Ronald Brak

Because not everyone can be normal.

Monday, April 30, 2012

Nuclear Power in Australia - An Economic Impossibility

There are some people, Barry Grook for example, who, even after that slight problem they had in Japan that showed that non-Soviet countries weren't quite as good at nuclear safety as we hoped, still say that Australia should build nuclear reactors. I was going to write that Barry still THINKS Australia should build nuclear reactors, but to tell the truth, I have no idea what Barry's thinking.

This is not going to happen. Nuclear reactors are not going to be built in Australia. Uh-uh. No way. And the reason is quite simple. Money. Nuclear power plants are an economic impossibility in Australia. Commercial nuclear power has always been a no go here. We were going to build a nuclear power plant in the early seventies, but that was before we found out how much it would cost and then it was like, "Hell no!" And the economics of it have only gotten worse since then.

There are actually several reasons why nuclear power isn't economic here, but I'll just give one simple clear reason. Last year Germany installed point of use solar power for an average cost of $2.60 Australian a watt. There is no reason why Australia can't install solar for that price. After all, both Australia and Germany are high wage countries. But the really big difference is that Australia is more or less twice as sunny as Germany. This means that at $2.60 a watt, solar power will become the cheapest source of electricity for many consumers. In fact, most consumers. Already Australia's solar capacity is expanding rapidly and as there is plenty of room for the cost of solar to drop even futher, installation costs will continue to decline.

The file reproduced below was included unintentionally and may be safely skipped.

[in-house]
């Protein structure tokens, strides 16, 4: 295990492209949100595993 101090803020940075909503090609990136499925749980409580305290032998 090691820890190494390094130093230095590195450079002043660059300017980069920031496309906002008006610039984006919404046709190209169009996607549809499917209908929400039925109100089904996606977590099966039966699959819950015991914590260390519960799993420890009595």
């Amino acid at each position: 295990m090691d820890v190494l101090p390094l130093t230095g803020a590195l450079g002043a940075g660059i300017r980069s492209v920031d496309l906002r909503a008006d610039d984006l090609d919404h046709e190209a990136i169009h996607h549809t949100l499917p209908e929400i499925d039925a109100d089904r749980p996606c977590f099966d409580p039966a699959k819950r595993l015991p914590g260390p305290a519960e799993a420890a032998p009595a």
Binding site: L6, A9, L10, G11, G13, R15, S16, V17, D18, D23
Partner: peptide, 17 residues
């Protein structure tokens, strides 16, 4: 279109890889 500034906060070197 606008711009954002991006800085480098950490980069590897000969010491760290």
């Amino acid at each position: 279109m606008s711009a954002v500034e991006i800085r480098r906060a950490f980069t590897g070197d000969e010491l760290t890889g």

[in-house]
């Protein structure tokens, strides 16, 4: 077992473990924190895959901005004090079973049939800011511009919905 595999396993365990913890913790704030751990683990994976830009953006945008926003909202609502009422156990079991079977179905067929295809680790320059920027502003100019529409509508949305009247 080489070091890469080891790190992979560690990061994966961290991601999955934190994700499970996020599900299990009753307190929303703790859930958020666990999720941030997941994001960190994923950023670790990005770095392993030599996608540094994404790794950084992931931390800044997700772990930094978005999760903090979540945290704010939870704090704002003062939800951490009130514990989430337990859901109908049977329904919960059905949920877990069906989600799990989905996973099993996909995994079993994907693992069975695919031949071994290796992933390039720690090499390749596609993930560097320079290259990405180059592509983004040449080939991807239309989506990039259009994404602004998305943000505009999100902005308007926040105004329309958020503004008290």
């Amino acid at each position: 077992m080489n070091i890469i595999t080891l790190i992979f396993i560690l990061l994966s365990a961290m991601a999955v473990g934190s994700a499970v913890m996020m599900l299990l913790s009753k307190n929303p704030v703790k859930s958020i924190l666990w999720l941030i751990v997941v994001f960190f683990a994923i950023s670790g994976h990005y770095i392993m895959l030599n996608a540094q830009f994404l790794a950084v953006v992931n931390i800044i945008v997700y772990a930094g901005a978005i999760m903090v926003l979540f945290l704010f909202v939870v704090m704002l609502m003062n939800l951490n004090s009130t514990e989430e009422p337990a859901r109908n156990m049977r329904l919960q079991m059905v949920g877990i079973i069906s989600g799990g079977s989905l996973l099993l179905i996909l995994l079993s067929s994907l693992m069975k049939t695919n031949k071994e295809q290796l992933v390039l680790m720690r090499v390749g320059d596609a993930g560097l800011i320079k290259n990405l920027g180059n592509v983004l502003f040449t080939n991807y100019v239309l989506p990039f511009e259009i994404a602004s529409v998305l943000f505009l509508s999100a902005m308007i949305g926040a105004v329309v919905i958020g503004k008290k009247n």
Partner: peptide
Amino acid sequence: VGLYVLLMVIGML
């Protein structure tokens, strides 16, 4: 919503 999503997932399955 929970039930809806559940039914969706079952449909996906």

Just how much solar capacity we will have with an installed cost of $2.60 a watt, or the $1 a watt I am sure we will get to before too long, I don't know. But on sunny days of low demand solar power will push the price of electricity down towards zero. Also, as a price taker with zero fuel costs, solar power, like wind, reduces the wholesale price of electricity. Both of these effects are disastrous for the economics of nuclear plants which need both high wholesale prices and to operate at close to full capacity to hope to make money. Nuclear power could not compete when Australia was mostly coal and gas powered and it certainly will not be able to compete now that the price of solar has dropped so low. And if nuclear has to also pay the market price for insurance, well, what can I say? Pushing nuclear power in Australia is flogging dead parrot. It's a deceased source of energy. It's shuffled of its Tesla coil. It's run down the leaded curtain and joined the bleeding choir of invisible gamma rays! It is an ex power source!

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